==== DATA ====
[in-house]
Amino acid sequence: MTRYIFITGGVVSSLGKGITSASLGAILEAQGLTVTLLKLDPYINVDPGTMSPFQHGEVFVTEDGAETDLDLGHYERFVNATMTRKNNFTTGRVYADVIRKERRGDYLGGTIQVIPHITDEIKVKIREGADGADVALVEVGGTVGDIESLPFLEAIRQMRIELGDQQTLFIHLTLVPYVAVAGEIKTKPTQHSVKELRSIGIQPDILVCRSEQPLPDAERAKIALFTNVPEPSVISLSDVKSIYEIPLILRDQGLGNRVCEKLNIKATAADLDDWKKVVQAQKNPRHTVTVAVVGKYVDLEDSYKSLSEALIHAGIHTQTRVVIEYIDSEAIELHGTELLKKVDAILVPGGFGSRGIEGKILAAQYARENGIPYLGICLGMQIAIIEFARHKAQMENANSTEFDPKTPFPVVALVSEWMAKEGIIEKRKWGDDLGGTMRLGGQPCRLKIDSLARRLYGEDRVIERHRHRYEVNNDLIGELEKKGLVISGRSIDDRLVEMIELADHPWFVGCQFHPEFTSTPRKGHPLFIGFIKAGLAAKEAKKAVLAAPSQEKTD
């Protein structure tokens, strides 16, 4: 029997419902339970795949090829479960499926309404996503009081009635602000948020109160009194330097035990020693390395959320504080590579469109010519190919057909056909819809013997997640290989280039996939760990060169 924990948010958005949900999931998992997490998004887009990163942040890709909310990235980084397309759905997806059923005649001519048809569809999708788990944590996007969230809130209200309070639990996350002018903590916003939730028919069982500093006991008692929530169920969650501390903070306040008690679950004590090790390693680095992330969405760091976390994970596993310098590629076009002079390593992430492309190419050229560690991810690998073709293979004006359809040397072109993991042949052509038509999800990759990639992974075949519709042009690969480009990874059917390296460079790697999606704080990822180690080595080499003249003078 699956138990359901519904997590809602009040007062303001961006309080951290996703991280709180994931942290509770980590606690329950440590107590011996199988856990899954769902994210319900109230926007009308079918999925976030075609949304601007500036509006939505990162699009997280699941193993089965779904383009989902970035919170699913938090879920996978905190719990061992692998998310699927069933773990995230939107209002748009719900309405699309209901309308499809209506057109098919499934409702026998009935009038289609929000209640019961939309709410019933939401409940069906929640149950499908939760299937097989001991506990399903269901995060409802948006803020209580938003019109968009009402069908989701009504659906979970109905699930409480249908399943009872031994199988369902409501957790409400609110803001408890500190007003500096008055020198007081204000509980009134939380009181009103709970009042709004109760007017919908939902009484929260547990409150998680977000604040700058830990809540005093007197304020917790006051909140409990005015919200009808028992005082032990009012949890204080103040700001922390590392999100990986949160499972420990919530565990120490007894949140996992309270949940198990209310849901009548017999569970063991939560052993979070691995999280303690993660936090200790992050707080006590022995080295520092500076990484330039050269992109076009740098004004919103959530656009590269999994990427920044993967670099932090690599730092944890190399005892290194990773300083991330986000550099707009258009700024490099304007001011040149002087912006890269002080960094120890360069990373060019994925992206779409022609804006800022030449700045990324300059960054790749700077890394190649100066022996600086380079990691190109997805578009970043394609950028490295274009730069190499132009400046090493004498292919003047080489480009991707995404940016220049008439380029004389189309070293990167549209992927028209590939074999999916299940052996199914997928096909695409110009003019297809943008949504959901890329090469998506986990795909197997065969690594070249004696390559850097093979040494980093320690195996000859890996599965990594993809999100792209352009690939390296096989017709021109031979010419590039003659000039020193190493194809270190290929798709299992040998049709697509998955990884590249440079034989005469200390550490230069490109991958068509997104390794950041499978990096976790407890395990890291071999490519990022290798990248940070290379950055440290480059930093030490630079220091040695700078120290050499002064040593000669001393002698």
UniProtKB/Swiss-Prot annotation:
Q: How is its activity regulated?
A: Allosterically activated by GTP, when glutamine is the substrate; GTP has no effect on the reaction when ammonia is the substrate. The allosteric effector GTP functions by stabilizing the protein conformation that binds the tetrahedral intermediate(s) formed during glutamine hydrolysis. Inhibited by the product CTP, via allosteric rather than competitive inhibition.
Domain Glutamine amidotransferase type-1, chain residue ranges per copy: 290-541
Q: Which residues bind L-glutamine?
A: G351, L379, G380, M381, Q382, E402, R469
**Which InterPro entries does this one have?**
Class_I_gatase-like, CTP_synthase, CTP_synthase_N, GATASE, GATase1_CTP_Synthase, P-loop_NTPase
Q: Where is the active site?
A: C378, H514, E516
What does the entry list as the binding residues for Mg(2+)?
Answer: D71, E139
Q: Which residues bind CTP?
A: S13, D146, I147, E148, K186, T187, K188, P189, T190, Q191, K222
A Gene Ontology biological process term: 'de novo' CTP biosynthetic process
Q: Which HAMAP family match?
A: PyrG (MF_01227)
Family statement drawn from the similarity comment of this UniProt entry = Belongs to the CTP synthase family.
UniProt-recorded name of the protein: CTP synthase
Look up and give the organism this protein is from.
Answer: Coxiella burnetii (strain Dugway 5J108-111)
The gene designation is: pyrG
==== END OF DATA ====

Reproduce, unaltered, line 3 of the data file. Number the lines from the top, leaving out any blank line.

């Protein structure tokens, strides 16, 4: 029997419902339970795949090829479960499926309404996503009081009635602000948020109160009194330097035990020693390395959320504080590579469109010519190919057909056909819809013997997640290989280039996939760990060169 924990948010958005949900999931998992997490998004887009990163942040890709909310990235980084397309759905997806059923005649001519048809569809999708788990944590996007969230809130209200309070639990996350002018903590916003939730028919069982500093006991008692929530169920969650501390903070306040008690679950004590090790390693680095992330969405760091976390994970596993310098590629076009002079390593992430492309190419050229560690991810690998073709293979004006359809040397072109993991042949052509038509999800990759990639992974075949519709042009690969480009990874059917390296460079790697999606704080990822180690080595080499003249003078 699956138990359901519904997590809602009040007062303001961006309080951290996703991280709180994931942290509770980590606690329950440590107590011996199988856990899954769902994210319900109230926007009308079918999925976030075609949304601007500036509006939505990162699009997280699941193993089965779904383009989902970035919170699913938090879920996978905190719990061992692998998310699927069933773990995230939107209002748009719900309405699309209901309308499809209506057109098919499934409702026998009935009038289609929000209640019961939309709410019933939401409940069906929640149950499908939760299937097989001991506990399903269901995060409802948006803020209580938003019109968009009402069908989701009504659906979970109905699930409480249908399943009872031994199988369902409501957790409400609110803001408890500190007003500096008055020198007081204000509980009134939380009181009103709970009042709004109760007017919908939902009484929260547990409150998680977000604040700058830990809540005093007197304020917790006051909140409990005015919200009808028992005082032990009012949890204080103040700001922390590392999100990986949160499972420990919530565990120490007894949140996992309270949940198990209310849901009548017999569970063991939560052993979070691995999280303690993660936090200790992050707080006590022995080295520092500076990484330039050269992109076009740098004004919103959530656009590269999994990427920044993967670099932090690599730092944890190399005892290194990773300083991330986000550099707009258009700024490099304007001011040149002087912006890269002080960094120890360069990373060019994925992206779409022609804006800022030449700045990324300059960054790749700077890394190649100066022996600086380079990691190109997805578009970043394609950028490295274009730069190499132009400046090493004498292919003047080489480009991707995404940016220049008439380029004389189309070293990167549209992927028209590939074999999916299940052996199914997928096909695409110009003019297809943008949504959901890329090469998506986990795909197997065969690594070249004696390559850097093979040494980093320690195996000859890996599965990594993809999100792209352009690939390296096989017709021109031979010419590039003659000039020193190493194809270190290929798709299992040998049709697509998955990884590249440079034989005469200390550490230069490109991958068509997104390794950041499978990096976790407890395990890291071999490519990022290798990248940070290379950055440290480059930093030490630079220091040695700078120290050499002064040593000669001393002698």